How to Choose the Right Running Shoes, According to Experts

We spoke with podiatrists to determine which running shoes are best for different types of feet.

Design by Chineme Elobuike for Thrillist
Design by Chineme Elobuike for Thrillist
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Whether you’re training for a 10k or just going for an occasional jog, the type of running shoes you wear is going to make a difference. With all the options available out there, picking the right pair can be overwhelming. We know it’s tempting to just pick a cool style, but the best running shoes for your feet and body are less about how they look and more about how they make you feel. To help you find the best running shoes for you, we asked podiatrists to share the best options out there and how to determine which one is the right fit for you, depending on your foot type.

If you have no clue about what foot type you have, there are many ways to find out. “One way to determine foot type at home is by stepping into baby or foot powder and walking across a piece of dark construction paper,” says Nelya Lobkova, a board-certified surgical podiatrist and founder of Step Up Footcare. “The outline of the bottom of the foot will have a thin outline on a higher arch, whereas a wider footprint suggests a flat foot type.” Another trick comes from Bradley Schaeffer, a board-certified foot surgeon and owner of SOLE Podiatry NYC, who recommends his patients to step out of a pool or bathtub and take a look at their footprint.

Regardless of your foot type, doctors say it’s important to get the proper shoe size. “A running shoe that is too big can cause damage to toes, and a running shoe that is too small often causes damage to the toenails,” says Lobkova. She also recommends getting a gait analysis to determine which category of running shoes apply to you (neutral, stability, or motion). With these tips in mind, check out both experts’ running shoe recommendations for every foot type below.

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For flat feet

Stability running shoes and walking shoes are the best options for people with flat feet. “These shoes are for people who pronate for longer than they should be during the normal walking cycle, which are those with flat feet,” says Lobkova. “The midfoot stability helps with normal toe-off gait which is compromised with flat foot biomechanics.” To determine if a shoe is a stability shoe, she suggests trying to bend it at the midpoint. The more difficult to bend, the more stable the shoe is.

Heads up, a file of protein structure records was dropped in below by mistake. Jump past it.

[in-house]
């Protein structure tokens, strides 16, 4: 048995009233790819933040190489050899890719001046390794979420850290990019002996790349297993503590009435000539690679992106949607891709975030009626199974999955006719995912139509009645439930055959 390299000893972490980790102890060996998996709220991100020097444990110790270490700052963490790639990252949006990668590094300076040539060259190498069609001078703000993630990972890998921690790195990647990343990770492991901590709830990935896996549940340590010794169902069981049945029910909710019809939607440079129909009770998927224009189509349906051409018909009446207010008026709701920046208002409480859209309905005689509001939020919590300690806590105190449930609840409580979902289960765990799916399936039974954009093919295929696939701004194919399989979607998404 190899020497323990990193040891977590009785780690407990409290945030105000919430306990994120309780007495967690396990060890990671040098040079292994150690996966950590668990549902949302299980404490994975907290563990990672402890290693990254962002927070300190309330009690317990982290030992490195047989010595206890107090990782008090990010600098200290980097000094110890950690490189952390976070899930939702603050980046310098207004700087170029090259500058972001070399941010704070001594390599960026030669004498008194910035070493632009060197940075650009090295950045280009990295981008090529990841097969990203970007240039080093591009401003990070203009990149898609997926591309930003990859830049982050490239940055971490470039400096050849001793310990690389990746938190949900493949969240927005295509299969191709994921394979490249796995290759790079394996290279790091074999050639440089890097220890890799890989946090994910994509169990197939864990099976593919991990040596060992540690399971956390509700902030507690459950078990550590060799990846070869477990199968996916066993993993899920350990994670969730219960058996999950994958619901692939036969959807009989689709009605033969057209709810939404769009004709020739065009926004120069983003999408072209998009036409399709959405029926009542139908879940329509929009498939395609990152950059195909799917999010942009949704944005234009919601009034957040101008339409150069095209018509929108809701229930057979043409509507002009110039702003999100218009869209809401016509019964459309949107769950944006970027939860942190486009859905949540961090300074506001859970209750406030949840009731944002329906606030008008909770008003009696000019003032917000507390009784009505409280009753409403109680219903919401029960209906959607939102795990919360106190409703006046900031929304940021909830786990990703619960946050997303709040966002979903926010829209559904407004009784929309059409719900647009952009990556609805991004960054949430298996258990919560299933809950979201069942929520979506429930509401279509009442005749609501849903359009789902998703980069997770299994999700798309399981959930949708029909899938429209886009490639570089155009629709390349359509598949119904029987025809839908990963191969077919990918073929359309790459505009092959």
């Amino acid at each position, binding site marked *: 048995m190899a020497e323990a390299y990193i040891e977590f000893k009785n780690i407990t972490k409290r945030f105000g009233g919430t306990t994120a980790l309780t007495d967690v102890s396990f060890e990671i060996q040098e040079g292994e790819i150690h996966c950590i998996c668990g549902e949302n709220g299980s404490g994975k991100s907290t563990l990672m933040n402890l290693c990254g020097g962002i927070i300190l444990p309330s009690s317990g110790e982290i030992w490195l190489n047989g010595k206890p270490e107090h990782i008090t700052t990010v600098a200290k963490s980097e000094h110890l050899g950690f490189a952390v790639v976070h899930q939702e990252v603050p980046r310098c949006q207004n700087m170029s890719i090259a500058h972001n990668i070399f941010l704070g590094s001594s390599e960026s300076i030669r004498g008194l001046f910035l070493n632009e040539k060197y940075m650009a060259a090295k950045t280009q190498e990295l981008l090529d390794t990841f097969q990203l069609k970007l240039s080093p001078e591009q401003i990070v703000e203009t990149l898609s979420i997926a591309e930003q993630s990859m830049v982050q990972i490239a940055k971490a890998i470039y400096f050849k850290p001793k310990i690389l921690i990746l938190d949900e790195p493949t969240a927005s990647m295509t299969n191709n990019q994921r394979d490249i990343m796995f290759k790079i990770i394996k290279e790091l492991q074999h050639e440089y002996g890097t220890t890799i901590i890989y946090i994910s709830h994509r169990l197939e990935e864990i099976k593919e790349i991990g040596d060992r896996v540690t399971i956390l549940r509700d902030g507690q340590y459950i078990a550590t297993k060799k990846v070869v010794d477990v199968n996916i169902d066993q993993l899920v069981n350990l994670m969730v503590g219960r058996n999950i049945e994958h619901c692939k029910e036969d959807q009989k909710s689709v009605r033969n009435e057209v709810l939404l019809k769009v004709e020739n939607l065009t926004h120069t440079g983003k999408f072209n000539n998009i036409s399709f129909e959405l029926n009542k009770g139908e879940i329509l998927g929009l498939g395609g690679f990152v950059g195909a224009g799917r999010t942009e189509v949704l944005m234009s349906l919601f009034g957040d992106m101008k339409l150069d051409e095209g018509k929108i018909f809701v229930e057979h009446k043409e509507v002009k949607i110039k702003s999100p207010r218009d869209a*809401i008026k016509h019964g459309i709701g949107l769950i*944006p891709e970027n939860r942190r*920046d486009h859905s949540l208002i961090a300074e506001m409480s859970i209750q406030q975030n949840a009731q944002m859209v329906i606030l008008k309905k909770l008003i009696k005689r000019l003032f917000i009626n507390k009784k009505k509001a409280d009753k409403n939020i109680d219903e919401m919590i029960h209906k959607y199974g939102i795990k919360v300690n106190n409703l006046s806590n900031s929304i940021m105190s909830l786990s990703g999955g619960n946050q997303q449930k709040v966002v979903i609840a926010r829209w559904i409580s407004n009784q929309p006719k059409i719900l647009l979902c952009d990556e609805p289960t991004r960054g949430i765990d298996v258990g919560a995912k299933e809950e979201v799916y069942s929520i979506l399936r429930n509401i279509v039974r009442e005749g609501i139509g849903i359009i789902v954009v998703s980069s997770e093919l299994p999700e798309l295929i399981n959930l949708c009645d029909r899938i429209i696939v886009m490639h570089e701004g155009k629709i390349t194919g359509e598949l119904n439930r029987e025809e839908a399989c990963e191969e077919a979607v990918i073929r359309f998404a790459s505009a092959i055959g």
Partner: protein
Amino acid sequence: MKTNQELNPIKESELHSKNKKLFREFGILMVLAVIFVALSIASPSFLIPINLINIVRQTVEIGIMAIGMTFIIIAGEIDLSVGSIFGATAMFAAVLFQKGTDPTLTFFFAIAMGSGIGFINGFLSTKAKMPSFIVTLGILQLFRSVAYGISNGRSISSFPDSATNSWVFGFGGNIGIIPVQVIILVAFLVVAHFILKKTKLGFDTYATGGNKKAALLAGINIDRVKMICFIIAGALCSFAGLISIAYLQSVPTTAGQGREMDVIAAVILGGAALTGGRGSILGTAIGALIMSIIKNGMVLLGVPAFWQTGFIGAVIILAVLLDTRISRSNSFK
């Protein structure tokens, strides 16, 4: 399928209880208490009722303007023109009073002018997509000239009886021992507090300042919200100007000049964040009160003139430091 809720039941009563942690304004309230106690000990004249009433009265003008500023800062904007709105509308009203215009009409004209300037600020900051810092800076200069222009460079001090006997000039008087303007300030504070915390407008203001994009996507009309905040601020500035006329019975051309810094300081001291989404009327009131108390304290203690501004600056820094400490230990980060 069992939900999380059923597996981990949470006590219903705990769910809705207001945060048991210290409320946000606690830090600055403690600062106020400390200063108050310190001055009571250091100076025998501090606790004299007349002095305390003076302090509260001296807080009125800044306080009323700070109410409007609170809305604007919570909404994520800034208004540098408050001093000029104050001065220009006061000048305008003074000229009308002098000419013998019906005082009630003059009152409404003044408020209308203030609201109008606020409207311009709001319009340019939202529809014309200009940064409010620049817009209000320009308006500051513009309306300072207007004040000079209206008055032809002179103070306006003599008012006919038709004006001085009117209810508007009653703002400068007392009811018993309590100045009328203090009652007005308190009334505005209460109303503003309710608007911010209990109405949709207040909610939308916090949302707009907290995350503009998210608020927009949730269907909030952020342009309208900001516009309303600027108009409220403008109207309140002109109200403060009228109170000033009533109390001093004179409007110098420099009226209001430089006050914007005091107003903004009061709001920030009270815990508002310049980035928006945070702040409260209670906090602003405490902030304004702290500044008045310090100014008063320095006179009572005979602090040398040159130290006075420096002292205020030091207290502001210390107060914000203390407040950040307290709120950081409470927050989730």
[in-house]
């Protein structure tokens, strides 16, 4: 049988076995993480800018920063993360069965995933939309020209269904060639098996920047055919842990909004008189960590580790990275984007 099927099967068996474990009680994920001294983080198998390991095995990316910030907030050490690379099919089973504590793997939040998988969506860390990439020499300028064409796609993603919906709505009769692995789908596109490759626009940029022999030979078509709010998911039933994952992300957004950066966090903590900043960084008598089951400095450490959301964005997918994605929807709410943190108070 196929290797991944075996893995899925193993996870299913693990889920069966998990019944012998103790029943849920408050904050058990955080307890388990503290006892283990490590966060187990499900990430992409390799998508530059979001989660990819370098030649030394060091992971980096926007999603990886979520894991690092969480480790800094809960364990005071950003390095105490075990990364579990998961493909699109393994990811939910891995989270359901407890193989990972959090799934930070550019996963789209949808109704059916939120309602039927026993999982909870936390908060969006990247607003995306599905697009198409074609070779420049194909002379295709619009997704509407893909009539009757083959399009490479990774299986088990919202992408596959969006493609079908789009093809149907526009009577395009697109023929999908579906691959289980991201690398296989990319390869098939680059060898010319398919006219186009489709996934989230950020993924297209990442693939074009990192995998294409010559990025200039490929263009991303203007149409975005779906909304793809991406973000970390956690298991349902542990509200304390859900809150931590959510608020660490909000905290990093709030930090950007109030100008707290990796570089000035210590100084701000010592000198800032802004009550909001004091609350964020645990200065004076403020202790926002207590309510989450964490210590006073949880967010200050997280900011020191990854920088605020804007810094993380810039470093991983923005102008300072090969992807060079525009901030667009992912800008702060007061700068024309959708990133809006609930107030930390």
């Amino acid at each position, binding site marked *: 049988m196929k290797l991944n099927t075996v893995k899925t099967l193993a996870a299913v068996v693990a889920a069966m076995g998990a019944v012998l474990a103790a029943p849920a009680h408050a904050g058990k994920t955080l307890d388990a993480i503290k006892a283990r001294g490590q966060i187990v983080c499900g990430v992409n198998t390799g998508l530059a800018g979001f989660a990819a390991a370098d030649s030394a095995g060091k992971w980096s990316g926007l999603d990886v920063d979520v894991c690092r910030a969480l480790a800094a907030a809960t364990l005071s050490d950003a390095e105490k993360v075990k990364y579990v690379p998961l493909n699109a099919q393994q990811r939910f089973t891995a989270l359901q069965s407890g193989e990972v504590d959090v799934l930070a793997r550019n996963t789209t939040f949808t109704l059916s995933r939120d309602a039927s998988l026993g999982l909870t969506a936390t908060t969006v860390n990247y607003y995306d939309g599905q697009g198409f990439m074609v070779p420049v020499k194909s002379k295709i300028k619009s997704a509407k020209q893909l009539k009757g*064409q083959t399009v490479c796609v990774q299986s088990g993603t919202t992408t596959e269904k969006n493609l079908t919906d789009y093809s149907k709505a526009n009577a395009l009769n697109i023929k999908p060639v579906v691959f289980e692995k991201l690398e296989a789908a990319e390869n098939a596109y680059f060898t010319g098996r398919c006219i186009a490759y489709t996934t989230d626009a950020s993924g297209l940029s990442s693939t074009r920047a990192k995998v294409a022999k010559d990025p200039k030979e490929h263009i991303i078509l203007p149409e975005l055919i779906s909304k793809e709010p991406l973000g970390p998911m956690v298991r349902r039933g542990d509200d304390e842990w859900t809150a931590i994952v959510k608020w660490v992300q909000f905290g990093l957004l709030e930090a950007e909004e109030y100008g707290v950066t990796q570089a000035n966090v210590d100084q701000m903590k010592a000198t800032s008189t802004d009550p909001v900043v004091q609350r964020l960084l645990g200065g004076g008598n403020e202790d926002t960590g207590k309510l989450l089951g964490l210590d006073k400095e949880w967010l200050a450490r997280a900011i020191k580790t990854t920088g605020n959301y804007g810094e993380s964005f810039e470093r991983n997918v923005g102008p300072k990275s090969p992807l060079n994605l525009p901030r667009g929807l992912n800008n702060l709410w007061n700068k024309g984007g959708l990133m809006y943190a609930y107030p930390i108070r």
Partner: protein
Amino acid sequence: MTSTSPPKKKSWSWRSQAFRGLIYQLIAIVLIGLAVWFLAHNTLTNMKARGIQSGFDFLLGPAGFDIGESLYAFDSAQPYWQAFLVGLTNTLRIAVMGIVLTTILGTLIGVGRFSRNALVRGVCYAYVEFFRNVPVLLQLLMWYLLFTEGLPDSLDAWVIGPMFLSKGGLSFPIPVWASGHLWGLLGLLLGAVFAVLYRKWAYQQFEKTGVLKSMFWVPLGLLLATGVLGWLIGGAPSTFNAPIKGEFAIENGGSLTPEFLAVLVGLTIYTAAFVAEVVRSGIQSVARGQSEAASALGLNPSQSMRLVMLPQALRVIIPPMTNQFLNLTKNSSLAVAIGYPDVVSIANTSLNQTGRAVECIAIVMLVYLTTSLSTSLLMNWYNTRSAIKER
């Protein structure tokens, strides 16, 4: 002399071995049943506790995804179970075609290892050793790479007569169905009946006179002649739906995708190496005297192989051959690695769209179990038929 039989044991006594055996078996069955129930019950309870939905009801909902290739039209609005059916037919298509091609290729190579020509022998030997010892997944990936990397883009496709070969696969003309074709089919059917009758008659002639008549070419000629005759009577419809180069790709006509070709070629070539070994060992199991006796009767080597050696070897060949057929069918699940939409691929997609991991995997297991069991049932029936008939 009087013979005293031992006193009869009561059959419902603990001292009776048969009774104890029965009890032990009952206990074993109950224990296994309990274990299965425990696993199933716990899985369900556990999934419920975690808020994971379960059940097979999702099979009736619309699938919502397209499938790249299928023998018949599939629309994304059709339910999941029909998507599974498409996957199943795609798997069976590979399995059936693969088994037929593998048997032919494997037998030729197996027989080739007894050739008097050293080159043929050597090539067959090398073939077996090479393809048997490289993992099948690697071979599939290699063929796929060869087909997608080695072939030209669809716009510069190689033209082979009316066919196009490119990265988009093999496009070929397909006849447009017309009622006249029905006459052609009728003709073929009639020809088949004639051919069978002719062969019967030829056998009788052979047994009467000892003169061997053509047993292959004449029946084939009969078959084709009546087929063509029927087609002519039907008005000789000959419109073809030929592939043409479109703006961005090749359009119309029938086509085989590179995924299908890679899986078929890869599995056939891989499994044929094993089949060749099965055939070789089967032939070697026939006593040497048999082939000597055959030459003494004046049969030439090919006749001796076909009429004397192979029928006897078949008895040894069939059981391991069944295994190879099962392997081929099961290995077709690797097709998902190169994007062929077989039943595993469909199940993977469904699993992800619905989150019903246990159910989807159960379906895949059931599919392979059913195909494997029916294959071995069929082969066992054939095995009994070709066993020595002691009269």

On the other hand, Schaeffer suggests adding an insole. “I feel like many running shoes do not have the best arch support, so it is easy to replace them with something more effective, whether a Dr. Scholl’s type or custom orthotic,” he says.

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For high arches

“For people with high arches, I recommend neutral running and walking shoes with a heel drop or heel-to-toe gradient of 10mm-13mm,” says Lobkova. “A high-arched foot generally requires a shoe with at least slight heel elevation (higher heel drop) and cushioning under the toes to dissipate pressure under the ball of the foot.” She recommends the Asics Gel-Nimbus 24, Hoka Clifton 8, and Brooks Ghost 14.

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For neutral feet

If you have a neutral foot type, you’re one of the lucky ones since this is what podiatrists try to achieve with their patients. “A neutral foot position stabilizes every step that you take and therefore decreases the pressure from your feet to your knees, to your hips, and to your back,” says Schaeffer.

Lobkova recommends neutral running and walking shoes with a heel drop or heel-to-toe gradient of 4-8mm. “These shoes are for people who do not over- or under-pronate during the normal walking cycle,” she says. Most shoe brands can accommodate a neutral foot type, but both Schaeffer and Lobkova agree that Brooks, Asics, and Hoka shoes are on the top of their list.

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